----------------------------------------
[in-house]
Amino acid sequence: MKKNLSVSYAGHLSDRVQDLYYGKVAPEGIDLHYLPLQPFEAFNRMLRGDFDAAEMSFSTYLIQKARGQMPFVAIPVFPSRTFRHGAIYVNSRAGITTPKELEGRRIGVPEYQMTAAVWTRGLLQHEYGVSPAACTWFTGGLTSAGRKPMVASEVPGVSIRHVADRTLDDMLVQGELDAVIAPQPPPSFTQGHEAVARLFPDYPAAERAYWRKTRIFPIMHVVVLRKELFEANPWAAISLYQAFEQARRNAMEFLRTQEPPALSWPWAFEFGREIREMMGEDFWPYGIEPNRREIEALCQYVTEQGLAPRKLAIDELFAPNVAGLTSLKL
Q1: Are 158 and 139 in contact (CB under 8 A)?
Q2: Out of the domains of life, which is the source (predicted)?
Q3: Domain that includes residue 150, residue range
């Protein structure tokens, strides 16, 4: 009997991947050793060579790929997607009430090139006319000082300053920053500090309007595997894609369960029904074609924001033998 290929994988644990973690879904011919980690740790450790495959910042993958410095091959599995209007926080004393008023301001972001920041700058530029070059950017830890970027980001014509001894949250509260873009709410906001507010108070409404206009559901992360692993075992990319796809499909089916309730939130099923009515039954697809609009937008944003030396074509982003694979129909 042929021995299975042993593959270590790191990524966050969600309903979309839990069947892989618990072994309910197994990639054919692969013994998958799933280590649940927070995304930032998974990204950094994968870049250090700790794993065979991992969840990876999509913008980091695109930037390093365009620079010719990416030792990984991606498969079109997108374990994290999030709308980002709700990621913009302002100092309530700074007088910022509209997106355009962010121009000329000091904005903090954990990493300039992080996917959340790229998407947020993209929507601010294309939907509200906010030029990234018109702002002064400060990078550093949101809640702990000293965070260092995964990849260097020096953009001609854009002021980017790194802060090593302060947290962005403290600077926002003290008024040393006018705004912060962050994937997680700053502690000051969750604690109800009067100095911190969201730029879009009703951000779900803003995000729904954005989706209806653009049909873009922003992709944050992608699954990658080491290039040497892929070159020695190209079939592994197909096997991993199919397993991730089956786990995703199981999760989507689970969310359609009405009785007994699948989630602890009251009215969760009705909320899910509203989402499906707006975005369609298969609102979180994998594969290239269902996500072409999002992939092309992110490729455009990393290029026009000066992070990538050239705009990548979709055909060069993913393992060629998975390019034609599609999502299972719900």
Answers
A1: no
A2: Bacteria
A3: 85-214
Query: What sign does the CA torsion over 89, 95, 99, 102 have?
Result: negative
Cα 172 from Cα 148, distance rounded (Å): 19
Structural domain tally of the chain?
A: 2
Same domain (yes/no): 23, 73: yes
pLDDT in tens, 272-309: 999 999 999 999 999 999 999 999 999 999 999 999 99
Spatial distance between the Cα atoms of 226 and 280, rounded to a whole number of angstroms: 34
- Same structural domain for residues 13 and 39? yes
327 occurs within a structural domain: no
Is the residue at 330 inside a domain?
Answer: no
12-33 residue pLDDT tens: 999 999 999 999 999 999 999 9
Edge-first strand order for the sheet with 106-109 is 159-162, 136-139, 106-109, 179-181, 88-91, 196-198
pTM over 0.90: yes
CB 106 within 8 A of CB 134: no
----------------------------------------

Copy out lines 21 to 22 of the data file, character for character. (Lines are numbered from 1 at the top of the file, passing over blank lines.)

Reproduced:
Is the residue at 330 inside a domain?
Answer: no